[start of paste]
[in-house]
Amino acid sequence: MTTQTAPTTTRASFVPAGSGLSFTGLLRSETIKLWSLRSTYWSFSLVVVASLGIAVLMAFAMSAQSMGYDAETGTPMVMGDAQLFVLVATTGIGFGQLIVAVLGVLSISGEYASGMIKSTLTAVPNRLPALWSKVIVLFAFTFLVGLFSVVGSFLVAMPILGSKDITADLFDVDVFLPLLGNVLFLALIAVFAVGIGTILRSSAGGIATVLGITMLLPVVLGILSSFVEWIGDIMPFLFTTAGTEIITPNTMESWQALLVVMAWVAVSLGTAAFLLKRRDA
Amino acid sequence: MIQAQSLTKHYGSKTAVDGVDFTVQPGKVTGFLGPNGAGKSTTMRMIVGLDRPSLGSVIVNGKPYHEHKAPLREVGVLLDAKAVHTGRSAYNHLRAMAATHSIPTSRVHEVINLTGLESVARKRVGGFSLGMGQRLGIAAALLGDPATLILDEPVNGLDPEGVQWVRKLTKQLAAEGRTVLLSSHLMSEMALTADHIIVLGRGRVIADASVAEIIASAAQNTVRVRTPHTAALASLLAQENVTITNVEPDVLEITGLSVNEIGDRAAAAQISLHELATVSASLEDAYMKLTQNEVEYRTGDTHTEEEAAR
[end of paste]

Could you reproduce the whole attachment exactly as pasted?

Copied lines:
[in-house]
Amino acid sequence: MTTQTAPTTTRASFVPAGSGLSFTGLLRSETIKLWSLRSTYWSFSLVVVASLGIAVLMAFAMSAQSMGYDAETGTPMVMGDAQLFVLVATTGIGFGQLIVAVLGVLSISGEYASGMIKSTLTAVPNRLPALWSKVIVLFAFTFLVGLFSVVGSFLVAMPILGSKDITADLFDVDVFLPLLGNVLFLALIAVFAVGIGTILRSSAGGIATVLGITMLLPVVLGILSSFVEWIGDIMPFLFTTAGTEIITPNTMESWQALLVVMAWVAVSLGTAAFLLKRRDA
Amino acid sequence: MIQAQSLTKHYGSKTAVDGVDFTVQPGKVTGFLGPNGAGKSTTMRMIVGLDRPSLGSVIVNGKPYHEHKAPLREVGVLLDAKAVHTGRSAYNHLRAMAATHSIPTSRVHEVINLTGLESVARKRVGGFSLGMGQRLGIAAALLGDPATLILDEPVNGLDPEGVQWVRKLTKQLAAEGRTVLLSSHLMSEMALTADHIIVLGRGRVIADASVAEIIASAAQNTVRVRTPHTAALASLLAQENVTITNVEPDVLEITGLSVNEIGDRAAAAQISLHELATVSASLEDAYMKLTQNEVEYRTGDTHTEEEAAR